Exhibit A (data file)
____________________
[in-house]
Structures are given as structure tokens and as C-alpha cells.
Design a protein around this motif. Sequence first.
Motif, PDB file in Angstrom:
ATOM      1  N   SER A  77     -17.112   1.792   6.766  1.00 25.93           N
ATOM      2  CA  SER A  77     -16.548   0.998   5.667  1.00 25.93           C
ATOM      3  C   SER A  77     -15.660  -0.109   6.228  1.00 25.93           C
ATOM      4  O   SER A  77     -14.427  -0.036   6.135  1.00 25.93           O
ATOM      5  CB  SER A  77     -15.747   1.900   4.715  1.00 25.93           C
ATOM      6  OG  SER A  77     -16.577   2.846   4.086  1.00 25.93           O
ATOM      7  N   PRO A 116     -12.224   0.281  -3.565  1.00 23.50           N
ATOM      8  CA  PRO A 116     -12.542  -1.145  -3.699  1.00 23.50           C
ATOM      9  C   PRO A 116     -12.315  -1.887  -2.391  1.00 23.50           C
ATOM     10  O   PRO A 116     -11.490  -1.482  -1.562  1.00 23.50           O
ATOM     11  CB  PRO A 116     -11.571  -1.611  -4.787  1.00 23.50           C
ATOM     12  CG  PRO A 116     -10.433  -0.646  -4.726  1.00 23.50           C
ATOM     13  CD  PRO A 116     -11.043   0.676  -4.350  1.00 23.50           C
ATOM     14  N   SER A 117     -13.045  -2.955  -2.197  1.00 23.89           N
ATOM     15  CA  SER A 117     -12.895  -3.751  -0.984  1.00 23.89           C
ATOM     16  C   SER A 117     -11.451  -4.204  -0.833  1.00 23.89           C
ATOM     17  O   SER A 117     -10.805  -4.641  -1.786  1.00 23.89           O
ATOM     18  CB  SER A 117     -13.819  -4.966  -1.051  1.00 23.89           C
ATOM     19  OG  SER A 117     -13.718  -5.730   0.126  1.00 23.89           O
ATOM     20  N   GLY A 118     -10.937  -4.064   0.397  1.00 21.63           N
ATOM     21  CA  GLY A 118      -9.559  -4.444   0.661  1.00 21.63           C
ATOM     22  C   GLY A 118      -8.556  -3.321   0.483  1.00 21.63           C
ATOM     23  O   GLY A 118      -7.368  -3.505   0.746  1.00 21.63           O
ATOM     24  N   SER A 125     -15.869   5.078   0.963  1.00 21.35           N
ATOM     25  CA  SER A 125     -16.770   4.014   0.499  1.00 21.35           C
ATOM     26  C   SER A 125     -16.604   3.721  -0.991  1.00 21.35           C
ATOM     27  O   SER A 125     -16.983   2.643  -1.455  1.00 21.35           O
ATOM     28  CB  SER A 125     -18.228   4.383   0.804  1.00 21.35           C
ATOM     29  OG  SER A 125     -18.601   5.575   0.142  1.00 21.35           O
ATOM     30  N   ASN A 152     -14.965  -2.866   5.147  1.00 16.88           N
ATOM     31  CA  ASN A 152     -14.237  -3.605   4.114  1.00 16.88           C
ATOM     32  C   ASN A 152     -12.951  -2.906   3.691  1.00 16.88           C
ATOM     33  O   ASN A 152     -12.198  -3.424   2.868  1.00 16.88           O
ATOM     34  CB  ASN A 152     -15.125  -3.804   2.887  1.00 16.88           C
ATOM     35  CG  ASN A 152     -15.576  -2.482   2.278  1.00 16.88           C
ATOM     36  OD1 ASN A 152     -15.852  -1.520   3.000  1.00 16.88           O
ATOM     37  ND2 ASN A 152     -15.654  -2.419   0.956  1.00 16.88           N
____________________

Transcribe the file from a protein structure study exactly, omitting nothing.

[in-house]
Structures are given as structure tokens and as C-alpha cells.
Design a protein around this motif. Sequence first.
Motif, PDB file in Angstrom:
ATOM      1  N   SER A  77     -17.112   1.792   6.766  1.00 25.93           N
ATOM      2  CA  SER A  77     -16.548   0.998   5.667  1.00 25.93           C
ATOM      3  C   SER A  77     -15.660  -0.109   6.228  1.00 25.93           C
ATOM      4  O   SER A  77     -14.427  -0.036   6.135  1.00 25.93           O
ATOM      5  CB  SER A  77     -15.747   1.900   4.715  1.00 25.93           C
ATOM      6  OG  SER A  77     -16.577   2.846   4.086  1.00 25.93           O
ATOM      7  N   PRO A 116     -12.224   0.281  -3.565  1.00 23.50           N
ATOM      8  CA  PRO A 116     -12.542  -1.145  -3.699  1.00 23.50           C
ATOM      9  C   PRO A 116     -12.315  -1.887  -2.391  1.00 23.50           C
ATOM     10  O   PRO A 116     -11.490  -1.482  -1.562  1.00 23.50           O
ATOM     11  CB  PRO A 116     -11.571  -1.611  -4.787  1.00 23.50           C
ATOM     12  CG  PRO A 116     -10.433  -0.646  -4.726  1.00 23.50           C
ATOM     13  CD  PRO A 116     -11.043   0.676  -4.350  1.00 23.50           C
ATOM     14  N   SER A 117     -13.045  -2.955  -2.197  1.00 23.89           N
ATOM     15  CA  SER A 117     -12.895  -3.751  -0.984  1.00 23.89           C
ATOM     16  C   SER A 117     -11.451  -4.204  -0.833  1.00 23.89           C
ATOM     17  O   SER A 117     -10.805  -4.641  -1.786  1.00 23.89           O
ATOM     18  CB  SER A 117     -13.819  -4.966  -1.051  1.00 23.89           C
ATOM     19  OG  SER A 117     -13.718  -5.730   0.126  1.00 23.89           O
ATOM     20  N   GLY A 118     -10.937  -4.064   0.397  1.00 21.63           N
ATOM     21  CA  GLY A 118      -9.559  -4.444   0.661  1.00 21.63           C
ATOM     22  C   GLY A 118      -8.556  -3.321   0.483  1.00 21.63           C
ATOM     23  O   GLY A 118      -7.368  -3.505   0.746  1.00 21.63           O
ATOM     24  N   SER A 125     -15.869   5.078   0.963  1.00 21.35           N
ATOM     25  CA  SER A 125     -16.770   4.014   0.499  1.00 21.35           C
ATOM     26  C   SER A 125     -16.604   3.721  -0.991  1.00 21.35           C
ATOM     27  O   SER A 125     -16.983   2.643  -1.455  1.00 21.35           O
ATOM     28  CB  SER A 125     -18.228   4.383   0.804  1.00 21.35           C
ATOM     29  OG  SER A 125     -18.601   5.575   0.142  1.00 21.35           O
ATOM     30  N   ASN A 152     -14.965  -2.866   5.147  1.00 16.88           N
ATOM     31  CA  ASN A 152     -14.237  -3.605   4.114  1.00 16.88           C
ATOM     32  C   ASN A 152     -12.951  -2.906   3.691  1.00 16.88           C
ATOM     33  O   ASN A 152     -12.198  -3.424   2.868  1.00 16.88           O
ATOM     34  CB  ASN A 152     -15.125  -3.804   2.887  1.00 16.88           C
ATOM     35  CG  ASN A 152     -15.576  -2.482   2.278  1.00 16.88           C
ATOM     36  OD1 ASN A 152     -15.852  -1.520   3.000  1.00 16.88           O
ATOM     37  ND2 ASN A 152     -15.654  -2.419   0.956  1.00 16.88           N